Be careful when it comes to subtle value differences. As soon as you enter that territory, your mistakes will cost a lot of time to fix. Make sure your big shapes and values are placed correctly before that happens!!

Tuesday, June 4, 2013

Allofher Chippers

Stylization class this morning. Courtesy of my friend o-town chipster.

Learned a lot. Pushed limits. Now better. More of this.

Saturday, June 1, 2013

Getting Back

So I went to Canada. Time to make up for lost time.

Start with the darks.
Work with 2 values for as long as possible. Base and dark. Then work in the brighties.

Make a dot of right plane, then blend it into the rest. Maybe it's too early to learn form from faces? hmm...

Saturday, May 25, 2013

Generic Demon-San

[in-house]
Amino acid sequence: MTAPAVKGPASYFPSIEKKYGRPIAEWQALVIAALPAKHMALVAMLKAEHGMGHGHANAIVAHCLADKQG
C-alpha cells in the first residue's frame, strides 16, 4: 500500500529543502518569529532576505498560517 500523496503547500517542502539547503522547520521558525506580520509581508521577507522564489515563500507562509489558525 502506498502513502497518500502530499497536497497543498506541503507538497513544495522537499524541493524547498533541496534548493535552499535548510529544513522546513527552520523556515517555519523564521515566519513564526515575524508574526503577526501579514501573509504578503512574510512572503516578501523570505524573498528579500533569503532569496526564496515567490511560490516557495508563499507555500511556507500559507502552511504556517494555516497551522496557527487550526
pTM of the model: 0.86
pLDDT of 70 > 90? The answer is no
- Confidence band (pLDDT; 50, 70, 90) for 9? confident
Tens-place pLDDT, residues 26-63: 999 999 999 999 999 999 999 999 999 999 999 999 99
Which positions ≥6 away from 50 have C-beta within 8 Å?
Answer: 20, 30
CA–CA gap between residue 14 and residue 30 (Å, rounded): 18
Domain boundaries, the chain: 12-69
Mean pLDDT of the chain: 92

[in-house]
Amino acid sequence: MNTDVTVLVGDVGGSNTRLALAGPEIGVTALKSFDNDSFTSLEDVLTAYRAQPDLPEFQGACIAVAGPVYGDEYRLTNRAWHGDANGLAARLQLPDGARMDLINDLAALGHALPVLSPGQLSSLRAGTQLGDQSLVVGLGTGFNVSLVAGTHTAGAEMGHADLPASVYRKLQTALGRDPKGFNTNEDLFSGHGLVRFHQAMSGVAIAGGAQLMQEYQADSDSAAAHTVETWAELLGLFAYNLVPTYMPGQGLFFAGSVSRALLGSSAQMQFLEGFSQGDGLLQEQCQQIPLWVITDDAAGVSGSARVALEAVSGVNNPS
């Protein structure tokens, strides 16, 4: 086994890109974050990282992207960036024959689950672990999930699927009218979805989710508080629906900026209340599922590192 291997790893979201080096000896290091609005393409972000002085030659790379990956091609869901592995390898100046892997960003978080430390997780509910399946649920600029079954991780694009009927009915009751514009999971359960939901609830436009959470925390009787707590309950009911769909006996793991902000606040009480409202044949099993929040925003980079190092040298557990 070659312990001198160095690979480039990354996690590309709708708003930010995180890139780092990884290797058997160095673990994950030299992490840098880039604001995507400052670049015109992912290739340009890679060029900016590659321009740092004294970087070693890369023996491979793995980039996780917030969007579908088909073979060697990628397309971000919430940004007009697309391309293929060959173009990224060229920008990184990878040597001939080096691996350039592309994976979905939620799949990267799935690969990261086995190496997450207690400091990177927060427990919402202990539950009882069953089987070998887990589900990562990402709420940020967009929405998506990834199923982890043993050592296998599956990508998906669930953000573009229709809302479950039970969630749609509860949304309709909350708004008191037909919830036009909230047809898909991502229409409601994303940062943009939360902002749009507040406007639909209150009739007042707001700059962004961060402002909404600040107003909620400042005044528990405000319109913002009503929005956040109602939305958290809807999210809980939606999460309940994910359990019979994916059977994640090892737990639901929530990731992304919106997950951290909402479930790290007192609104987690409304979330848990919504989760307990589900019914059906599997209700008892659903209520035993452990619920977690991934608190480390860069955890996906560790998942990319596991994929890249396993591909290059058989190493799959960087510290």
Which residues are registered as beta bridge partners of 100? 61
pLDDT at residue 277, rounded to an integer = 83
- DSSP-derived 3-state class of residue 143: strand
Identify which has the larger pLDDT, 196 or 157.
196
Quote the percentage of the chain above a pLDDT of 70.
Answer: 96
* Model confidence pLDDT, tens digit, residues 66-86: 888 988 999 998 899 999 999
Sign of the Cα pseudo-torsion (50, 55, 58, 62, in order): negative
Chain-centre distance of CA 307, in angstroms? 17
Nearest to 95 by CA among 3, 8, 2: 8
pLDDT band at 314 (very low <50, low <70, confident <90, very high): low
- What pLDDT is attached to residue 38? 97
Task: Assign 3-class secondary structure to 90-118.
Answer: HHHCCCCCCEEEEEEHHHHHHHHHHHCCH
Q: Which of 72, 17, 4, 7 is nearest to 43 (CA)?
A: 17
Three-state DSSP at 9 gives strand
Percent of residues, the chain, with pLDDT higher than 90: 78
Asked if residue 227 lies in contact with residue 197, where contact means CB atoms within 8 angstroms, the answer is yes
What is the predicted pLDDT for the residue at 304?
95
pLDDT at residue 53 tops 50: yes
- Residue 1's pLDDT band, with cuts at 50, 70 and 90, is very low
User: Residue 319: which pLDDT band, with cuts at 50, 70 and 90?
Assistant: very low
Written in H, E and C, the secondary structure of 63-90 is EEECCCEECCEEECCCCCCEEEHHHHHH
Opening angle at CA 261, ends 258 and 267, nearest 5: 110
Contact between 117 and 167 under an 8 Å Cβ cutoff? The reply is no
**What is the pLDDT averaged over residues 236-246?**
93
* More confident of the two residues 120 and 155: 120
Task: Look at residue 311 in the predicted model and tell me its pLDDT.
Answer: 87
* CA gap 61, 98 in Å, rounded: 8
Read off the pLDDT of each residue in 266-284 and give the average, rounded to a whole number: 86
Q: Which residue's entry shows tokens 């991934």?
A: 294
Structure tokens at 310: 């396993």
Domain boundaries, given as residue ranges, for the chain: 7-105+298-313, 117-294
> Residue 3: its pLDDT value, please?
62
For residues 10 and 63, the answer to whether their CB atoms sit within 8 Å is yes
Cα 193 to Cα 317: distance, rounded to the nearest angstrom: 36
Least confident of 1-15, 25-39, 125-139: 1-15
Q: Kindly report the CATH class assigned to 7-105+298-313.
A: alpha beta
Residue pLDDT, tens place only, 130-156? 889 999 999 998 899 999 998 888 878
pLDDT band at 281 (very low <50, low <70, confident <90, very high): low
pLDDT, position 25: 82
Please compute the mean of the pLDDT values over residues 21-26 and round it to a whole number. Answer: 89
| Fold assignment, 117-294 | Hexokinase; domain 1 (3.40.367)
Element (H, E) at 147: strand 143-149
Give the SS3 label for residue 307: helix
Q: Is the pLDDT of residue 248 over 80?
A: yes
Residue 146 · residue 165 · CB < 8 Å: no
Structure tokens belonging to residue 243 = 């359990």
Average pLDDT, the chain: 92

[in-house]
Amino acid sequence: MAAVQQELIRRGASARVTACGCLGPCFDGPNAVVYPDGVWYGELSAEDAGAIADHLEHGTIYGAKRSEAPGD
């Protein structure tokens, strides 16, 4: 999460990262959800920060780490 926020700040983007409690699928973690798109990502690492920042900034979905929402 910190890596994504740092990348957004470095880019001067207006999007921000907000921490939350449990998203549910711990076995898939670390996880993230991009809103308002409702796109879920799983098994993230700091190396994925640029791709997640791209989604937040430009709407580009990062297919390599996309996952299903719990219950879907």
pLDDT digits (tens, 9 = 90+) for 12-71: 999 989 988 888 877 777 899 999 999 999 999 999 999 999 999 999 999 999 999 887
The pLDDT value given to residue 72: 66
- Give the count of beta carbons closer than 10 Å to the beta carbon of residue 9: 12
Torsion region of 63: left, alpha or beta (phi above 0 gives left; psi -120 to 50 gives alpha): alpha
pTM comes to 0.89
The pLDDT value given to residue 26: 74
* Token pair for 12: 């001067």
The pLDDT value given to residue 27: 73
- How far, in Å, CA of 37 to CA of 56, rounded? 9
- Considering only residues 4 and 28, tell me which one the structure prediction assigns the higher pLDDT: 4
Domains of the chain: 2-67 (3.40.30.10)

So I'm back from my vacay. Still learning form. These were done before, at the suggestion of my friend Avery. They helped out a ton, but I have a lot to learn.

Make sure you err on the side of the dark.
Keep it in midtones, then put in the darkest darks, then put in lightest lights.
There are thousands of different ways to render form. It doesn't need to be 100% accurate all the time. Just make sure it looks cool.
Keep things loose until the very end. Always.
Its about corners and highlights. Those are the hardest and show the most form.
Render the major plane changes at a time.

Sculpt the form as quickly as possible. Leave the planes simple, then go in with the divets and veins.

Saturday, May 11, 2013

My kinda gal

So pretty...

Don't edit form, just get better at simplifying. Average your transition values, then add your high-value points. It's a lot easier than editing low-value points over and over. That's how the masters did it. Building up.

There are two ways to render -  airbrushy, and hard edges. Know when to use both. Make conscious decisions where you want to smudge and where you want to keep your planes sharp, because edge sharpness affects values as well. Choose your big gradients the same way you choose your big edges.